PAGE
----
In Review: Yoshi Flower at the Moroccan Lounge

It’s our compulsion to try to put artists into categories, but sometimes our attempts are futile. If I tried to describe Yoshi Flower’s style to you I would probably fail, but that might be the point. I was able to meet up with him before his sold-out show at The Moroccan Lounge to chat and get some insight into his art.

From the acoustic melodies of I PLEDGE ALLEGIANCE, to rap verses in UNDER CONTROL, to the angsty bass in Brown Paper Bag, to pop anthems like the newly released Dirty Water, it seems like Yoshi Flower can do it all.

So is there a way to describe what makes a Yoshi Flower song? “I don’t think so, not really,” he told me in our interview,  “I’ve been trying to figure out some days how to describe it, but I think if I could describe it I probably wouldn’t make it.” 

Yoshi doesn’t think too hard about how to make his music, he just does it.

“I really don’t put anything out that’s too difficult because then I think if I can’t say what I mean or sound how I like then it’s probably not meant to be.”

Wise words, but this isn’t his first adventure.

A few years ago Yoshi was part of an electronic duo from Detroit called Gosh Pith. The experience gave him a footing in the industry and laid the foundation for what would be Yoshi Flower. “I learned to be completely honest and completely honest with what I make,” he said in regards to his past project, “the most honest stuff connected with the most people.”

Since parting ways with Gosh Pith, Yoshi is alone on the stage. “When I was younger I would pretend I was just along for the ride and now I only have myself to answer to and it’s scary,” he said.  That’s not always the case though, he admits, “I do have people who help me whether it’s musically or just good relationships luckily with friends, I don’t think it’s ever somebody specifically on their own even if they’re solo artists just because it’s really hard to stay sane.”

In the year since his debut, Yoshi has collaborated with artists such as Rico Nasty, Christian Rich, and Jesse, and released seven (or so) singles along with a mixtape.

 The mixtape and namesake for his American Raver Tour is one of my favorite works of the year. If I had to use one word to describe it, it would be honest. It divulges the conflict of being true to oneself versus the image we choose to and are pressured to portray. It’s a compelling story– and that’s why before his tour he announced that he would play it in its entirety, start to finish during his set. It’s not often that a concert set respects the cohesion of a single project, but it made me wish they would. It was an amazing thing to witness live. Yoshi is an amazing performer and the show was spectacular.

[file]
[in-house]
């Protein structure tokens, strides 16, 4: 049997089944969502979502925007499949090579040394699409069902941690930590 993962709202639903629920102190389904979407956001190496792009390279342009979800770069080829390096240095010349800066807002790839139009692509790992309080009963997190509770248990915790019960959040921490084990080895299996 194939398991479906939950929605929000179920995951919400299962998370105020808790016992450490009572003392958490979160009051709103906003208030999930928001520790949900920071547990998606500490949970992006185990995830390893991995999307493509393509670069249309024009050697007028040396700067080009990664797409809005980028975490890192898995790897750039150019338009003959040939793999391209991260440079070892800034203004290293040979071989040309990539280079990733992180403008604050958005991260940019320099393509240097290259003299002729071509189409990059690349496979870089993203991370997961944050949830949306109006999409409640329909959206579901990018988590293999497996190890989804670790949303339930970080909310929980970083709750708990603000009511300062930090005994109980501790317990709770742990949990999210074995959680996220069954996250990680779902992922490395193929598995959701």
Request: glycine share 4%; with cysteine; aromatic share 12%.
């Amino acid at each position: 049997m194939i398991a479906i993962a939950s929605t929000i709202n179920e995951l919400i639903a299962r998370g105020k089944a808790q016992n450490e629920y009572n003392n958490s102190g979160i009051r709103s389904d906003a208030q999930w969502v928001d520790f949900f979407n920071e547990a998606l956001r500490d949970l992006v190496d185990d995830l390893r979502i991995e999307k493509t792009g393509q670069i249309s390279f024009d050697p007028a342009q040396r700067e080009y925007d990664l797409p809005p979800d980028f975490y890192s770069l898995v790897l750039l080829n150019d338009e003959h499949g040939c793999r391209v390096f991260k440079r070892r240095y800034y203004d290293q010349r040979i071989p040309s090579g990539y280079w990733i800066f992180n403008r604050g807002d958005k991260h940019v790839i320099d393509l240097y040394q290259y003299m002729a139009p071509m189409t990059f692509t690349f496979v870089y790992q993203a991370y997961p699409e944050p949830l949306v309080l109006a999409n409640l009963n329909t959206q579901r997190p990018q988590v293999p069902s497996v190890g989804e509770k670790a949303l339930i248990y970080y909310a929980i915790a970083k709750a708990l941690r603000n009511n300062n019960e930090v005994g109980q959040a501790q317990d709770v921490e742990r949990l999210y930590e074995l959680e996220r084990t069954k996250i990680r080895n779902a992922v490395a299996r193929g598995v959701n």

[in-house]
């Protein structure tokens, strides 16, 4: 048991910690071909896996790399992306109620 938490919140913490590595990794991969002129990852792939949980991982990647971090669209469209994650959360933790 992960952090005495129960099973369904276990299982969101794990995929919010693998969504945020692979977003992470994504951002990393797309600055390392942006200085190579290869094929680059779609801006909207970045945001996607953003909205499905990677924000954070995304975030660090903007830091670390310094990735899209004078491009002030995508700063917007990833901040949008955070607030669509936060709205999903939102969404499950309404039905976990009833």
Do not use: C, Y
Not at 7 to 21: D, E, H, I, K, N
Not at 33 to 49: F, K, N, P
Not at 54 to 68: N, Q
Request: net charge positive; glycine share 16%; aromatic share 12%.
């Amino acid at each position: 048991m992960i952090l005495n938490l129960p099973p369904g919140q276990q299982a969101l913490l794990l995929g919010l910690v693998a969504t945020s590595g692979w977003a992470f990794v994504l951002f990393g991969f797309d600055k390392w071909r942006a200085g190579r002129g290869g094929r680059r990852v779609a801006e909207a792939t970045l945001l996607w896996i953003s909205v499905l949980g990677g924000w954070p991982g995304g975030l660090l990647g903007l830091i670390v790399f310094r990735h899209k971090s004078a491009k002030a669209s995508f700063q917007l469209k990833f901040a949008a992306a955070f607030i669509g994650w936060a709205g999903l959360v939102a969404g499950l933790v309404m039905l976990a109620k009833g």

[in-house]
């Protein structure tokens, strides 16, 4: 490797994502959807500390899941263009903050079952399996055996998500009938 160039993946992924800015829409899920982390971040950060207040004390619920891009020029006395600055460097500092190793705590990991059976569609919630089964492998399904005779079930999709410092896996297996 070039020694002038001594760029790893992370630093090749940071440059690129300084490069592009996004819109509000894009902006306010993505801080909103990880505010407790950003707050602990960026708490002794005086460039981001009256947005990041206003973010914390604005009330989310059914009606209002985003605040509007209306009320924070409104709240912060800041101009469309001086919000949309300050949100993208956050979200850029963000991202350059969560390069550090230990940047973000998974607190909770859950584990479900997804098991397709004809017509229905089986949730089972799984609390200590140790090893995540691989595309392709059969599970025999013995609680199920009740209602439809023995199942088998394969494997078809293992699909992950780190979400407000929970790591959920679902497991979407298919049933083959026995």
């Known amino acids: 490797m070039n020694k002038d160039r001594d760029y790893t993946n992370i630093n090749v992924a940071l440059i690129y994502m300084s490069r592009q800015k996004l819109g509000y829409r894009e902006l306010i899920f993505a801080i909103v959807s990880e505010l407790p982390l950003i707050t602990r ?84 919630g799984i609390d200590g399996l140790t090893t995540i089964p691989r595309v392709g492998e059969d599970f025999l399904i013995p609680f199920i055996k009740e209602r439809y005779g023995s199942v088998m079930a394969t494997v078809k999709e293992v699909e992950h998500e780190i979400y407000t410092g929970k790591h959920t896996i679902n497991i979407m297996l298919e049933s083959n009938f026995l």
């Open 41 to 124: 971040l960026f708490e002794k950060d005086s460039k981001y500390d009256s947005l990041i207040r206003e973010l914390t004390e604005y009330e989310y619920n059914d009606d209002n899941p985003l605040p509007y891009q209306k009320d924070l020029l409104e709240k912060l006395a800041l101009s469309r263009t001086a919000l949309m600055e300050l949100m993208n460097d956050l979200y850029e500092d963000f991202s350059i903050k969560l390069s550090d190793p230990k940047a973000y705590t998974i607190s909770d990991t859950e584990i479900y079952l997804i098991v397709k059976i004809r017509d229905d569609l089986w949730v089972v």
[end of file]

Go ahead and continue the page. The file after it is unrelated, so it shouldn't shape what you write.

It’s startling to think how far he has come in the last year and he hasn’t quite processed it either.

“I used to open for those people where half the room might not even remember me, to now, sometimes I’ll forget to play and sing cause I see somebody singing all the words and I’m like ‘Are you fucking with me right now? Did someone just pay you to come here and do that?’” Yoshi told me.

With the release of American Raver and his highly anticipated single Dirty Water, he has lots of momentum going into 2019 and no plans of slowing down. At the end of the interview, he was able to give me a glimpse of the road ahead. He is in the final stages of another project called Peer Pleasure, which he said will also be a mixtape.“It’s like peer pressure, but peer pleasure,” he said cheekily. The project will explore the pressure we feel to be happy. “Sometimes it’s okay to not be happy. Sometimes the things that you need to be happy don’t make you happy, and that’s okay. Sometimes you are happy that’s cool too” he explained, “just the standard of being a cheery consumer is kind of what the next project is all about.”

He also mentioned plans to release a bigger body of work that will include his singles. He hopes this will release before the end of the year. Until then, listen to his new single and my new favorite Yoshi Flower song, Dirty Water.

 

See the rest of the photos at https://photosby.antoinedelcayre.space/concert

 

Written by Antoine Delcayre

Photos by Antoine Delcayre